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A handout photo made available by the Russian Foreign Ministry on May 10, 2017, shows U.S. President Donald J. Trump (C) speaking with Russian Foreign Minister Sergei Lavrov (L) and Russian Ambassador to the U.S. Sergei Kislyak during a meeting at the White House in Washington, D.C. (HO / AFP/Getty Images)

What's In the Transcript? There's a Way to Find Out What Trump Told Russia

Senate Minority Leader Chuck Schumer on Tuesday morning demanded the White House release an "unedited transcript" of Trump's meeting with Russians

Deirdre Fulton

Among the revelations in Monday evening's bombshell Washington Post report on President Donald Trump disclosing classified information to Russian diplomats is the fact that one U.S. counterterrorism official "called for the problematic portion of Trump's discussion to be stricken from internal memos and for the full transcript to be limited to a small circle of recipients, efforts to prevent sensitive details from being disseminated further or leaked."

Now, amid outrage, calls are growing for that transcript to be released—if not to the public at-large, than at least "to Congress for investigative purposes," as National Memo editor-in-chief Joe Conason wrote Tuesday.

"[T]he House and Senate intelligence committees should request—or if necessary, subpoena—the transcripts of Trump's meeting with the Russians, to see who is telling the truth," Conason insisted. "To paraphrase Trump, that may be the only way to 'find out what the hell is going on'."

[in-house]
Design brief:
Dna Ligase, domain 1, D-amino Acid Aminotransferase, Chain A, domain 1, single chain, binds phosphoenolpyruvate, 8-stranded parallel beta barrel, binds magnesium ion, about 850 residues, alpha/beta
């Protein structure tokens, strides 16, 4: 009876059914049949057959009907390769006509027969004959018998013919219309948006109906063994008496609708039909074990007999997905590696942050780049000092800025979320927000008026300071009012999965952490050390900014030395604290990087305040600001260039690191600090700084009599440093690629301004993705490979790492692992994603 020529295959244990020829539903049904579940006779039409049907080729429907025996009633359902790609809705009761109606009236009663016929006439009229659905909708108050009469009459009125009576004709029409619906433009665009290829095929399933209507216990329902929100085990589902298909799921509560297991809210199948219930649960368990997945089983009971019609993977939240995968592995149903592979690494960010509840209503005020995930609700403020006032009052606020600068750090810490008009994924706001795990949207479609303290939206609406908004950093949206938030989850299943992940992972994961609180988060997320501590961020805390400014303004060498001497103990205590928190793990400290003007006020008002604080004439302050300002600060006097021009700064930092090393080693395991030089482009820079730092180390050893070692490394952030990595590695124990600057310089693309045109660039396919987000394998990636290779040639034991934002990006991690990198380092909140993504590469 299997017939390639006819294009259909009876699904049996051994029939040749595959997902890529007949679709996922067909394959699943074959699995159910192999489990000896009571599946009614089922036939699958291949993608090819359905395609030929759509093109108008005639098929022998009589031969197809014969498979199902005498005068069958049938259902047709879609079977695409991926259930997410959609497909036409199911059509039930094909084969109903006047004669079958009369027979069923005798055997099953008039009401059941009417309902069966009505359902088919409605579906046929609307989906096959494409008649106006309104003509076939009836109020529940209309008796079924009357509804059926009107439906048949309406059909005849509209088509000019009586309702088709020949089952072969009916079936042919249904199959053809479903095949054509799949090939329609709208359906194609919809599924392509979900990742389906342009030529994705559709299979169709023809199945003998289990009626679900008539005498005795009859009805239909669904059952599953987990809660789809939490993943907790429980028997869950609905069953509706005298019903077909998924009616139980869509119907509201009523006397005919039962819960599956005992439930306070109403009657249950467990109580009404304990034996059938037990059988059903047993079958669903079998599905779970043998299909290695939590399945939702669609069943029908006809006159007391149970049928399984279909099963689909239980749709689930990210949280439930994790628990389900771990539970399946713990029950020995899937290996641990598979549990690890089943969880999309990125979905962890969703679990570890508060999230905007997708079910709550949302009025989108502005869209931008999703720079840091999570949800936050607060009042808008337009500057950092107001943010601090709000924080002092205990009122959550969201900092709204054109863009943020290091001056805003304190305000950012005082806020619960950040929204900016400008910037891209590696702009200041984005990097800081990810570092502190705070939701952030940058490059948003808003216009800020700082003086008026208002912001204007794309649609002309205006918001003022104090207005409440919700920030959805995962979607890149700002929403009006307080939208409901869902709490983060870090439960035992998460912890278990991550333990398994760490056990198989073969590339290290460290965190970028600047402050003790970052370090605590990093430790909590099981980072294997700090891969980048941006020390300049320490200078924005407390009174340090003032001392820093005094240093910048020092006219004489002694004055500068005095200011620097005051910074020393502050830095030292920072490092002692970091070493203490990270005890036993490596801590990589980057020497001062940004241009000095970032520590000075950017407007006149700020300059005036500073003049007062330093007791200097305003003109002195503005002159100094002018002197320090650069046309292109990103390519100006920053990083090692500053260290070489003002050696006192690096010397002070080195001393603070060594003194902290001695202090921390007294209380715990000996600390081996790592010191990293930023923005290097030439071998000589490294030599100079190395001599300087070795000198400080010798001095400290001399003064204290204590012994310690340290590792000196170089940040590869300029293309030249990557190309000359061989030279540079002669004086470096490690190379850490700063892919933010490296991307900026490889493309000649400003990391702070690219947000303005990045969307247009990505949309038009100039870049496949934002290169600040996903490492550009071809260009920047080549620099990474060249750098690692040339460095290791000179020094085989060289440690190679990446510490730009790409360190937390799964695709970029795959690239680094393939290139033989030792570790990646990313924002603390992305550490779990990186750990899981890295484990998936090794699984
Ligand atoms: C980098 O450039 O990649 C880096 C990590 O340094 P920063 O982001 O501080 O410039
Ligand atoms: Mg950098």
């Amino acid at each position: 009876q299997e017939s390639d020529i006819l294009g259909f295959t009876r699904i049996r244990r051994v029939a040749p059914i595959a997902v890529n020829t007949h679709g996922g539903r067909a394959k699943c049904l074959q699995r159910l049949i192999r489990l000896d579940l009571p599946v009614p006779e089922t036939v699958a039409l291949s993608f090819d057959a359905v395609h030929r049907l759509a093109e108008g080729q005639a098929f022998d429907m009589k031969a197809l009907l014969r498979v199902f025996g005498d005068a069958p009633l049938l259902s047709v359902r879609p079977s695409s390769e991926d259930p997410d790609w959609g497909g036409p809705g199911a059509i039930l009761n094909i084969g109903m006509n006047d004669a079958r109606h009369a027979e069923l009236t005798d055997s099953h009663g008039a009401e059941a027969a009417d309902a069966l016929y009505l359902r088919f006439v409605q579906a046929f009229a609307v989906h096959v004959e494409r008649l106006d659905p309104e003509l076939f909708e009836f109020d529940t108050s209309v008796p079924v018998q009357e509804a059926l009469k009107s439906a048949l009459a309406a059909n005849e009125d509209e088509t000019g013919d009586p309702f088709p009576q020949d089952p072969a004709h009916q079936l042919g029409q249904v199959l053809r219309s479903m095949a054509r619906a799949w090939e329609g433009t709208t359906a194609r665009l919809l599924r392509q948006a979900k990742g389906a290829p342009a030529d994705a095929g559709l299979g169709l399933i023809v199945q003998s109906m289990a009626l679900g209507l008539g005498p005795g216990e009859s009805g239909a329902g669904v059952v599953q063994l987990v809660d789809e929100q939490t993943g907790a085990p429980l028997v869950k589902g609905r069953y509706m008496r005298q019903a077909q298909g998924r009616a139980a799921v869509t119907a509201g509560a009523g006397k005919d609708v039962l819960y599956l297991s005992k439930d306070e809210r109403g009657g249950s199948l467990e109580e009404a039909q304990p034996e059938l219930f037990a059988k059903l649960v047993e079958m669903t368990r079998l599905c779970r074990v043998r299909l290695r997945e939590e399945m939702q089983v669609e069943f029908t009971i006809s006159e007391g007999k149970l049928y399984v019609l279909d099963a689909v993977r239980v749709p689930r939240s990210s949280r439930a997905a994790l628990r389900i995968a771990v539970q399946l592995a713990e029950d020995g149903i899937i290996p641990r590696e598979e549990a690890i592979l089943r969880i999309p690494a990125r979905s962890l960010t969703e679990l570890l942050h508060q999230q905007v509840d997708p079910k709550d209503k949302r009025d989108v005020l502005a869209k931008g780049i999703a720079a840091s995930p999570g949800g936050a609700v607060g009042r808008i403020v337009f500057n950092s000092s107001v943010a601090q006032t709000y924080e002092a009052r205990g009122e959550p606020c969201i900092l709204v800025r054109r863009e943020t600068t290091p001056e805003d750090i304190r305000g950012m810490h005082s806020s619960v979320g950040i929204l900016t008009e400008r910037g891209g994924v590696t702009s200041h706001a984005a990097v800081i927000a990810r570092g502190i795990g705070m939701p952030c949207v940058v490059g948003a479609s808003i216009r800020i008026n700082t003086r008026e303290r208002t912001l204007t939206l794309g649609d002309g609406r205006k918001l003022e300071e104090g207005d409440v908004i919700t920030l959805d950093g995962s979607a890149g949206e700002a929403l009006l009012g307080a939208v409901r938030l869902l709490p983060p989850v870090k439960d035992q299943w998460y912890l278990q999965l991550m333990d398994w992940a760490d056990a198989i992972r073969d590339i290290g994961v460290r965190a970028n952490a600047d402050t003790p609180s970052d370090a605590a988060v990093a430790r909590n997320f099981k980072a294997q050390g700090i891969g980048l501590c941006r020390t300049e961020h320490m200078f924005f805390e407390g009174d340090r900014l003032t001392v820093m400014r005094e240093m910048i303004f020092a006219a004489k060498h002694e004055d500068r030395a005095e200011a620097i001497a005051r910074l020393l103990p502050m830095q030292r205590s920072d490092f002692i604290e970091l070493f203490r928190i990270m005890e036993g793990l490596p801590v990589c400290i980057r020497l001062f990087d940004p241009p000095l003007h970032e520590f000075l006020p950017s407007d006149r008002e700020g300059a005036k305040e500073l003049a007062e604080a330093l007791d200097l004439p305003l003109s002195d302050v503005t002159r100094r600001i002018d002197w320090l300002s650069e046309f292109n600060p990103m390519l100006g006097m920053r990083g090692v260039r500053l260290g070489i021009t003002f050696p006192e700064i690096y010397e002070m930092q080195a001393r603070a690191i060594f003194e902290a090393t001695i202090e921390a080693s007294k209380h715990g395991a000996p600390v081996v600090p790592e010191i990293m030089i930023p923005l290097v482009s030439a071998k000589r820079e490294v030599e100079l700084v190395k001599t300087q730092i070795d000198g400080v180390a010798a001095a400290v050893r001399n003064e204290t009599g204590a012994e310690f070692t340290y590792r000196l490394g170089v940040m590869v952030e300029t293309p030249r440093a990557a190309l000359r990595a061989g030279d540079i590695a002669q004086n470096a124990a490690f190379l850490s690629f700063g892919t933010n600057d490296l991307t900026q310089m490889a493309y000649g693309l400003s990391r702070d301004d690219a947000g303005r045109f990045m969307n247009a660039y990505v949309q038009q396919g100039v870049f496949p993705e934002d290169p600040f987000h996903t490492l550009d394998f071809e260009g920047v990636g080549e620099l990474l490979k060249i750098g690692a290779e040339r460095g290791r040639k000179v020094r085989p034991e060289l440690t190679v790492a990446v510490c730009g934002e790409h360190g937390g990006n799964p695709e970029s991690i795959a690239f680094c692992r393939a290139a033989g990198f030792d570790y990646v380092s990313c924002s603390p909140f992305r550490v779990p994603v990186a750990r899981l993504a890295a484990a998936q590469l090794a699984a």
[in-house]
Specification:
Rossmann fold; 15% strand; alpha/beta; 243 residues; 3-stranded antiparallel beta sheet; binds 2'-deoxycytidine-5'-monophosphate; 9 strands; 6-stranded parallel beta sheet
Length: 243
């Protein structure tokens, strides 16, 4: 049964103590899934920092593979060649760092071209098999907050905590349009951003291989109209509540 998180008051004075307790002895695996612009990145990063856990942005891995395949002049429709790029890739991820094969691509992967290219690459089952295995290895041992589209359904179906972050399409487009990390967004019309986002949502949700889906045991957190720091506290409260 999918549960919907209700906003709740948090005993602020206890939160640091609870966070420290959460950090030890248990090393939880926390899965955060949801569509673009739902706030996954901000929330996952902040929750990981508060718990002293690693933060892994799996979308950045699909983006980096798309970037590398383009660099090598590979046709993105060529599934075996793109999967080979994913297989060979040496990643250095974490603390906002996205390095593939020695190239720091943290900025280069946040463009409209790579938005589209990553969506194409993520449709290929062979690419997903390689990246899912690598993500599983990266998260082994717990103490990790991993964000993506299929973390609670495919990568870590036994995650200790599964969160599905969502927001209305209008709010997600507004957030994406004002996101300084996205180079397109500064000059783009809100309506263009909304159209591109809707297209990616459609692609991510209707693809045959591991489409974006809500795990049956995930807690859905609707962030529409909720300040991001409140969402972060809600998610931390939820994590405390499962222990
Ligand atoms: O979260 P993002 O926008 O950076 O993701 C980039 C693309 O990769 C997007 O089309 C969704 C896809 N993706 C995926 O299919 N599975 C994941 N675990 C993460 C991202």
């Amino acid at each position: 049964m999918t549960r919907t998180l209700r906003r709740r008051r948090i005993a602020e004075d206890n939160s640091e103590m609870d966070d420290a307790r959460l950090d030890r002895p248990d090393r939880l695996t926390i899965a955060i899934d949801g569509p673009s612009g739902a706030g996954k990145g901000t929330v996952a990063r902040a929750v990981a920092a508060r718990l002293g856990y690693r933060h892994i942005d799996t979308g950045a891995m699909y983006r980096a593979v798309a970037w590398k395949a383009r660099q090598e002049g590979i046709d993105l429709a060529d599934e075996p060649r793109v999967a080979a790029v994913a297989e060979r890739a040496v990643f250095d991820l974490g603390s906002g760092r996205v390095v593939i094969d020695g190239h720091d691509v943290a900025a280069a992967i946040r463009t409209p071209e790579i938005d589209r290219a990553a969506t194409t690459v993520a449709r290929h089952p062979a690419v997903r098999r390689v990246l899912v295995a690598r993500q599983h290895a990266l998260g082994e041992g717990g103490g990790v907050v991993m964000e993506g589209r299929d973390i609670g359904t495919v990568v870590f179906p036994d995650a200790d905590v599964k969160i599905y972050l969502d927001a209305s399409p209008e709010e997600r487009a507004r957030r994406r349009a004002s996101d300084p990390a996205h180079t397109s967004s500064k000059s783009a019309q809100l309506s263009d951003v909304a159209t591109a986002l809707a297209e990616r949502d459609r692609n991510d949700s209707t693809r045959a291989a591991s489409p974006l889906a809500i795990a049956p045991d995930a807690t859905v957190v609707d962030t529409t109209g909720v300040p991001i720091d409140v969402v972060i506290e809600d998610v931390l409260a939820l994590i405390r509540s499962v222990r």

In turn, he continued, it may be the only way to see if there are grounds for impeachment. (Notably, U.S. press was not allowed into the meeting between Trump and the Russian officials.)

Trump admitted Tuesday morning that he did share "facts" about a threat from the Islamic State (ISIS) during a meeting last week with the Russian foreign minister, Sergei Lavrov, and the Russian ambassador to the U.S., Sergey Kislyak. The president declared in a tweet that he had an "absolute right" to do so.

This goes against denials by top administration officials, and comes on the heels of Trump himself saying last week that it was nigh impossible to expect accuracy from his surrogates.

The cumulative effect, one Republican consultant told Politico, is that the administration's "credibility is completely shattered." 

"They've engaged in serial lying to the American people on issues big and small—beginning with the crowd size photos," said Steve Schmidt, former campaign manager for John McCain. "It's unprecedented for an administration, from the top on down, to embrace a strategy of deception and lying."

Added Stu Loeser, a longtime press secretary to former New York Mayor Michael Bloomberg: "If you've blown your credibility on crowd size or semantics, people say: What else are they going to lie about?"

That's why, as Conason and others now argue, we must turn to the full transcript.

So far, the only explicit calls for releasing the transcript have come from Democrats. But with Republicans increasingly demanding answers from the administration, could it be the nail in Trump's coffin?

After all, "[t]his is not a partisan issue," said Conason. "Only Congress, Republicans and Democrats acting together, can protect the nation from this incompetent, venal, and dangerous executive. They can no longer ignore the threat he poses to our security."

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